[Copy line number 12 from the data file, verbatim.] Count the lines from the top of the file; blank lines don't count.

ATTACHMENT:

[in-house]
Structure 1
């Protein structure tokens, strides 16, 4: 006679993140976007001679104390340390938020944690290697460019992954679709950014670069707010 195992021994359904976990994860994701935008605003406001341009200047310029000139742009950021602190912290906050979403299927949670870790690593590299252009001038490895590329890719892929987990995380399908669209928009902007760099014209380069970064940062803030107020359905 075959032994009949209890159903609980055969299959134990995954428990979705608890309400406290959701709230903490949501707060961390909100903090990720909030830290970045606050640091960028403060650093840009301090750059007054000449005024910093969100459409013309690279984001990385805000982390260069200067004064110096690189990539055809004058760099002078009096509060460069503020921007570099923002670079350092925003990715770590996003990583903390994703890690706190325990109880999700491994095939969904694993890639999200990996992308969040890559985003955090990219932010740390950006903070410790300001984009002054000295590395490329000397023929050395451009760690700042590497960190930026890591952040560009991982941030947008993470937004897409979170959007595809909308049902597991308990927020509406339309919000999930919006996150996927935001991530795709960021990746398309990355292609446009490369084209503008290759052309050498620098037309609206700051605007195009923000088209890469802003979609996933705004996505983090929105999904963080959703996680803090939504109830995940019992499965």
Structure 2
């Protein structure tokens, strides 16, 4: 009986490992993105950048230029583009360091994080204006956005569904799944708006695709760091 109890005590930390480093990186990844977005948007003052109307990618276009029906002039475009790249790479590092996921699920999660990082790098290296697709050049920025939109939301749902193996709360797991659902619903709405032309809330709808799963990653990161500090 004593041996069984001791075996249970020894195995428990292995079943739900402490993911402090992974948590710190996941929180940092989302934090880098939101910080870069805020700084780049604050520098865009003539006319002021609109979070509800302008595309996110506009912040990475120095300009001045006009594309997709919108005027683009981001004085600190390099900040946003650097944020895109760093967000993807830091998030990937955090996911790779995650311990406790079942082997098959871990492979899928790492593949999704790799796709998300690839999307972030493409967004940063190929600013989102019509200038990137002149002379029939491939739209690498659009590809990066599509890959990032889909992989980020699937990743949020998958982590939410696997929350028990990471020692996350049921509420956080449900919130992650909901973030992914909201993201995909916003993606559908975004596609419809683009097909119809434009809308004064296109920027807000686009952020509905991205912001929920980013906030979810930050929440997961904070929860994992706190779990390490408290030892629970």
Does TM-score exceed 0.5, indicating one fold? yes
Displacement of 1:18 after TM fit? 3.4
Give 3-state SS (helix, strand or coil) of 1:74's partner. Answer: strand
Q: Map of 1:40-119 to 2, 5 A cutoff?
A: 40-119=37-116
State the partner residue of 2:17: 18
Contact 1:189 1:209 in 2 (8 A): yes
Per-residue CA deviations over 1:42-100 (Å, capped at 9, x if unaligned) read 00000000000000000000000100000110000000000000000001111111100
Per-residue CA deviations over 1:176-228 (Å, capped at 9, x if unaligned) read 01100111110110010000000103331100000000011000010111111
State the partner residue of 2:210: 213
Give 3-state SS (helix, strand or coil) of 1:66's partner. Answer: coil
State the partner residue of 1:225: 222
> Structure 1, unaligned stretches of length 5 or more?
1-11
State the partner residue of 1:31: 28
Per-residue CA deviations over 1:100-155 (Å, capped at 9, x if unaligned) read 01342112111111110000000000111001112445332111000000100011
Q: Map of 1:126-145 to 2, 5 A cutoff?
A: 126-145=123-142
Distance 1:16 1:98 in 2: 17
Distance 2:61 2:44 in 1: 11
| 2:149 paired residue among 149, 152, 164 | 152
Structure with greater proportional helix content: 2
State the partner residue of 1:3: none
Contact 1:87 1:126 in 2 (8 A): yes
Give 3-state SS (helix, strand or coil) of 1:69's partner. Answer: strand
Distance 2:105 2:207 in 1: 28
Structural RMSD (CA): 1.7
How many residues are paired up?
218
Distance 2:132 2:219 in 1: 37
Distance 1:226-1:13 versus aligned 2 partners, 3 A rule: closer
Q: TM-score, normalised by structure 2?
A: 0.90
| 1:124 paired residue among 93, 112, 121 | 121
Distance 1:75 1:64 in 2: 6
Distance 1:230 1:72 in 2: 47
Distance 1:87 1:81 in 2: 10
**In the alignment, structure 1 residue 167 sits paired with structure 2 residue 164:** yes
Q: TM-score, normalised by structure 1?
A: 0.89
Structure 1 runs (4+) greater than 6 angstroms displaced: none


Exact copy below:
Contact 1:189 1:209 in 2 (8 A): yes